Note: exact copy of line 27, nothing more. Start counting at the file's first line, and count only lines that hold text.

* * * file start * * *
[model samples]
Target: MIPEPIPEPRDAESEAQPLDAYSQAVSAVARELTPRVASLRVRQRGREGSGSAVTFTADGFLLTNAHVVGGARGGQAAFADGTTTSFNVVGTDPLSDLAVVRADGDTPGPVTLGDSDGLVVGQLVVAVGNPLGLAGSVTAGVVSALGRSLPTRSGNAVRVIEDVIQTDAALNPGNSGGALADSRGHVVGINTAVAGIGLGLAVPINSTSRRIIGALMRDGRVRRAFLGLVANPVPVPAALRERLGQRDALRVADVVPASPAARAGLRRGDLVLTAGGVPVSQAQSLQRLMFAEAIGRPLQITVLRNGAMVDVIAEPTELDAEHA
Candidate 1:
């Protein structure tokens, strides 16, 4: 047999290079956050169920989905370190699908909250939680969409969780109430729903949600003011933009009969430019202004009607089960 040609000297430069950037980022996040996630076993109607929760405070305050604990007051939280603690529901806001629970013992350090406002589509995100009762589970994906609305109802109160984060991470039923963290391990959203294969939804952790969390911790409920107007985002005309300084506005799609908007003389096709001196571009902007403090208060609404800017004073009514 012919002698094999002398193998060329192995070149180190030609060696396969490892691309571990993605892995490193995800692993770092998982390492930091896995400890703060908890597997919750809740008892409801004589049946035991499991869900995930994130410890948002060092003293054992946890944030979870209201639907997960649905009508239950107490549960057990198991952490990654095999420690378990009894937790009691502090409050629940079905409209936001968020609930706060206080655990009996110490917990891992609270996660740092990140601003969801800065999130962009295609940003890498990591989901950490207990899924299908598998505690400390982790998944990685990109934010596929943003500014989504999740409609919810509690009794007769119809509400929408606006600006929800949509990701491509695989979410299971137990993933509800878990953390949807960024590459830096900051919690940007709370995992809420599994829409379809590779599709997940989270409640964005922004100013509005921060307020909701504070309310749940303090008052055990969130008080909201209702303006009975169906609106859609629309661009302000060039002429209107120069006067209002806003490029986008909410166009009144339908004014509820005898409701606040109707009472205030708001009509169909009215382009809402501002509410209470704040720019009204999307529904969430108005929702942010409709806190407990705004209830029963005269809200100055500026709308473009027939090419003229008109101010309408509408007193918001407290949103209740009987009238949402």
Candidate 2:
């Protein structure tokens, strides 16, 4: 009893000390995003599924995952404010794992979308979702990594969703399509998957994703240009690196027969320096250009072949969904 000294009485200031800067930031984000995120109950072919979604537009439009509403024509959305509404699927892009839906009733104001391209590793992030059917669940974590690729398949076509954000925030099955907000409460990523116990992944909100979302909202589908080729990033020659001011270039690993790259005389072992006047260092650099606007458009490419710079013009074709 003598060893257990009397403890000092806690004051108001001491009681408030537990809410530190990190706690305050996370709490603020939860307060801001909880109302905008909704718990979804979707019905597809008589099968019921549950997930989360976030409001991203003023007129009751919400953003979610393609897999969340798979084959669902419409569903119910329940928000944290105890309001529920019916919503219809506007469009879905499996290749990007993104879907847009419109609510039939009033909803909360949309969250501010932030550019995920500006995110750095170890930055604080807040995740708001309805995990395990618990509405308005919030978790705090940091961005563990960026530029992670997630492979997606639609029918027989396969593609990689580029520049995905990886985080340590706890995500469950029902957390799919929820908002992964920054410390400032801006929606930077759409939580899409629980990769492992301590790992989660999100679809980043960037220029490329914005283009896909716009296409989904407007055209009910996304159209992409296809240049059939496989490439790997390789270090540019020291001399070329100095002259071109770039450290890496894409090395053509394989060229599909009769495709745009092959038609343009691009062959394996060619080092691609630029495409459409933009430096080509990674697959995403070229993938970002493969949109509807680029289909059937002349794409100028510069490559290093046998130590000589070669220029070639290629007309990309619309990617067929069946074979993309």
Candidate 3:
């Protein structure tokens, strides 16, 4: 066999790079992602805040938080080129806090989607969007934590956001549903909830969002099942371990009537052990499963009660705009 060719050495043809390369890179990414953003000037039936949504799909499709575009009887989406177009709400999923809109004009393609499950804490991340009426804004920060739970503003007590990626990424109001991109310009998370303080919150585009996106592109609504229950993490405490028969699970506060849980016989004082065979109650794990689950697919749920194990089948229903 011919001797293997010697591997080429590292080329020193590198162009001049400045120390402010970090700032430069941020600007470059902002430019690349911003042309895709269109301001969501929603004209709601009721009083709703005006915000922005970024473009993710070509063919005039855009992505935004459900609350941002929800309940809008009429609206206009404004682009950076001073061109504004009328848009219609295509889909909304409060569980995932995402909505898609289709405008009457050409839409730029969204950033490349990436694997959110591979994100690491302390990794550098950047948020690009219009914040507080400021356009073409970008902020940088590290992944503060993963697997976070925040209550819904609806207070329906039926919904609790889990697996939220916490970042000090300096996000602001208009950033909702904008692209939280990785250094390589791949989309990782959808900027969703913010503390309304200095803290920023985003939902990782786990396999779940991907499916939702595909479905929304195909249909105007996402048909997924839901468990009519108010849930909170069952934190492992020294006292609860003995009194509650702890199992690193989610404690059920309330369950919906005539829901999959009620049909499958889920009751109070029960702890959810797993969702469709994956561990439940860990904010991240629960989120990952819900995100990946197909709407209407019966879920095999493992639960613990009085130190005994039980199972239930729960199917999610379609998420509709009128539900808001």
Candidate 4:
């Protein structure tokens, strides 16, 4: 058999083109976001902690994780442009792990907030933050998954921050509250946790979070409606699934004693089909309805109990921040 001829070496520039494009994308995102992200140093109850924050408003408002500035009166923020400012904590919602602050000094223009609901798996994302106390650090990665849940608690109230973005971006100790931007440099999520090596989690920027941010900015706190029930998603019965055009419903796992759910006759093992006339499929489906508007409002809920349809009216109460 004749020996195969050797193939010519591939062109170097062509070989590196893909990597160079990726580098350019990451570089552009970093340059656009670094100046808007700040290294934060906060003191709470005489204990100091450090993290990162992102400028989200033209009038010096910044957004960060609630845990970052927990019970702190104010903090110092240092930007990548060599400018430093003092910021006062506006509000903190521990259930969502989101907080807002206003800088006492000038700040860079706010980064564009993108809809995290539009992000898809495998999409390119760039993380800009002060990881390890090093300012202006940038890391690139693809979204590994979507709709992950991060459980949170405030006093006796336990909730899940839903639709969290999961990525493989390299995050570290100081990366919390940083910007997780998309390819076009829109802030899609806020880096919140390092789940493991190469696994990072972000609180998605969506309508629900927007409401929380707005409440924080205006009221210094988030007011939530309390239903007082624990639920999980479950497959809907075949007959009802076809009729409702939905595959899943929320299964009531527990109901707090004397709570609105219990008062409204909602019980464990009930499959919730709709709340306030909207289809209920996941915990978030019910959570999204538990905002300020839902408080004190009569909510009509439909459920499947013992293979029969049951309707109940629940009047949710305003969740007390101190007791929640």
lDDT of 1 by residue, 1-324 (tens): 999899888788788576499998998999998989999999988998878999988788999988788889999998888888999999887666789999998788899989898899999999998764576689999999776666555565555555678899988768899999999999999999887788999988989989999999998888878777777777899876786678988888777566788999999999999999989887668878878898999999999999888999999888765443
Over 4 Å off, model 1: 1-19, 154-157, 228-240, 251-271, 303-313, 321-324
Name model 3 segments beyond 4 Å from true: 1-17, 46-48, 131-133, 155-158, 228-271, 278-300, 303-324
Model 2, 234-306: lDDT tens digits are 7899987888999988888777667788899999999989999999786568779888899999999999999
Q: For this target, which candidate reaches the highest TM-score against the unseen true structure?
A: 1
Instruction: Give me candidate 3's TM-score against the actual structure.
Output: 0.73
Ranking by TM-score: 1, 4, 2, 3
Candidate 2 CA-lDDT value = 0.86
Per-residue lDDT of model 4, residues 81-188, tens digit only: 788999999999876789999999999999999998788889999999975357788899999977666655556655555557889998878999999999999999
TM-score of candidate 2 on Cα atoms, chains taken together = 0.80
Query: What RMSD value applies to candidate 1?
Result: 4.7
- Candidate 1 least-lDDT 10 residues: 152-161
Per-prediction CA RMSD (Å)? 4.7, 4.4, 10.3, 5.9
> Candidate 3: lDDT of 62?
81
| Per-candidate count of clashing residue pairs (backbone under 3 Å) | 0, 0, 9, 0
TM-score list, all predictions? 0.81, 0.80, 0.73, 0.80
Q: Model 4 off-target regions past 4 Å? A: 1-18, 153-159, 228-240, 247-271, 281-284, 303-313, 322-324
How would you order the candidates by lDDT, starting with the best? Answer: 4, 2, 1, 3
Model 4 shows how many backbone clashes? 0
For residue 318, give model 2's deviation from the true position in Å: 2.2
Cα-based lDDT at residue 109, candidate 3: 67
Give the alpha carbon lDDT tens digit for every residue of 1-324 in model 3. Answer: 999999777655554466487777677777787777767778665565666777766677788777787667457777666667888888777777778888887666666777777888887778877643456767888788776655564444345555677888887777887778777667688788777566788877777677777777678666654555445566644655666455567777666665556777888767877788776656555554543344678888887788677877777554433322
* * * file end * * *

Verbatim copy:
> Candidate 3: lDDT of 62?